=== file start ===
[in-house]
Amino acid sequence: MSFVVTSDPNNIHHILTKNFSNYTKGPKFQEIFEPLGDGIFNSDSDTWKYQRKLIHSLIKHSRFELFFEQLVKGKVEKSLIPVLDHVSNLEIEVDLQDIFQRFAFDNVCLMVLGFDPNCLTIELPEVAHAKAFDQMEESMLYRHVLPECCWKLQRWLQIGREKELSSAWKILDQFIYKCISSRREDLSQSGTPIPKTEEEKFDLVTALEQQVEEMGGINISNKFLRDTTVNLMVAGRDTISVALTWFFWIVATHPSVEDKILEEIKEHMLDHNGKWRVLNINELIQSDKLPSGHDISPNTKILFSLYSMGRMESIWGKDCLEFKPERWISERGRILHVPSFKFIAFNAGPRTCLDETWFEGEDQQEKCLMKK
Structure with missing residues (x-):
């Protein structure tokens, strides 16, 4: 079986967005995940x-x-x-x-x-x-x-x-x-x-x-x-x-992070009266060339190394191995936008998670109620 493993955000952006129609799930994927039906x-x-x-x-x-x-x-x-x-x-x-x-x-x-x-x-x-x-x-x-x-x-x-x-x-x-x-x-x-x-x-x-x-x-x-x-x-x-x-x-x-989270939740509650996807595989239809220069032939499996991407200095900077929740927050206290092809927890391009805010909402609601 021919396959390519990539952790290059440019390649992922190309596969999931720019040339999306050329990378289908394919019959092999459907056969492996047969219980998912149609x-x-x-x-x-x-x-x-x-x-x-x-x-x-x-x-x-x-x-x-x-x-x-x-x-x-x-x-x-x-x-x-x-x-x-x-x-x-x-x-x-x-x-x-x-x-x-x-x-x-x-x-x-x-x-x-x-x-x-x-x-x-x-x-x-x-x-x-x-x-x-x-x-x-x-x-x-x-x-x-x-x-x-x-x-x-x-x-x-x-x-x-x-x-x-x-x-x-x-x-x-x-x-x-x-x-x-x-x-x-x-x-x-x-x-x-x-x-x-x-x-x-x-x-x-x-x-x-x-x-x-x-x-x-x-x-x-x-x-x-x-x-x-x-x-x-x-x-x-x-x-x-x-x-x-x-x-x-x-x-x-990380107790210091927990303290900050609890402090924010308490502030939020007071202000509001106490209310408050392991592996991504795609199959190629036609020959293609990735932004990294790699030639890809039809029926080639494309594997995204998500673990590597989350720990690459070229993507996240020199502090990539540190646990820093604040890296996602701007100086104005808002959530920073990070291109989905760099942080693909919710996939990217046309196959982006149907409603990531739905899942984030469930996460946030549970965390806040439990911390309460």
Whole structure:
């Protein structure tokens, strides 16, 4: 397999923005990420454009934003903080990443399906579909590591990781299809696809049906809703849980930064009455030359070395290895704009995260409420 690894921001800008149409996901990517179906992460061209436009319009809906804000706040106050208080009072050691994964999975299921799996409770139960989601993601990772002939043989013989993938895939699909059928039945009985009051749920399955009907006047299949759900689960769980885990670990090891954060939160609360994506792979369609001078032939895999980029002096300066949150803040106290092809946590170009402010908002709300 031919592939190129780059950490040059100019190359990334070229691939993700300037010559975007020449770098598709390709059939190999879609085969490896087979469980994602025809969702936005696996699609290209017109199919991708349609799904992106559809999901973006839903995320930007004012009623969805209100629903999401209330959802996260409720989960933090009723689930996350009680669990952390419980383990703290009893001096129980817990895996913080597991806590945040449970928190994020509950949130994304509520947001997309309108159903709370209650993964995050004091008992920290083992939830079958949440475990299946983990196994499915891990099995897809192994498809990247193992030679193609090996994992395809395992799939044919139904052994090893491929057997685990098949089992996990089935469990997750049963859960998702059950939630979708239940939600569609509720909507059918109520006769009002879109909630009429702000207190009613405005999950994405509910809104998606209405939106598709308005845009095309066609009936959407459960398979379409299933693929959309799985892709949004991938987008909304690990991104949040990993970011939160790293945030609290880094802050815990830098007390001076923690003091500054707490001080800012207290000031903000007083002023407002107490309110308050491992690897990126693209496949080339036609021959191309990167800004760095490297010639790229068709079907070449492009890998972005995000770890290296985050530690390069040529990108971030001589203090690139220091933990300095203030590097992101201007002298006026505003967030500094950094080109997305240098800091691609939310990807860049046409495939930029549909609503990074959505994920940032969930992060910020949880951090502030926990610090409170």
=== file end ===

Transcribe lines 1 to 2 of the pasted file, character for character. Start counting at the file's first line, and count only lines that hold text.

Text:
[in-house]
Amino acid sequence: MSFVVTSDPNNIHHILTKNFSNYTKGPKFQEIFEPLGDGIFNSDSDTWKYQRKLIHSLIKHSRFELFFEQLVKGKVEKSLIPVLDHVSNLEIEVDLQDIFQRFAFDNVCLMVLGFDPNCLTIELPEVAHAKAFDQMEESMLYRHVLPECCWKLQRWLQIGREKELSSAWKILDQFIYKCISSRREDLSQSGTPIPKTEEEKFDLVTALEQQVEEMGGINISNKFLRDTTVNLMVAGRDTISVALTWFFWIVATHPSVEDKILEEIKEHMLDHNGKWRVLNINELIQSDKLPSGHDISPNTKILFSLYSMGRMESIWGKDCLEFKPERWISERGRILHVPSFKFIAFNAGPRTCLDETWFEGEDQQEKCLMKK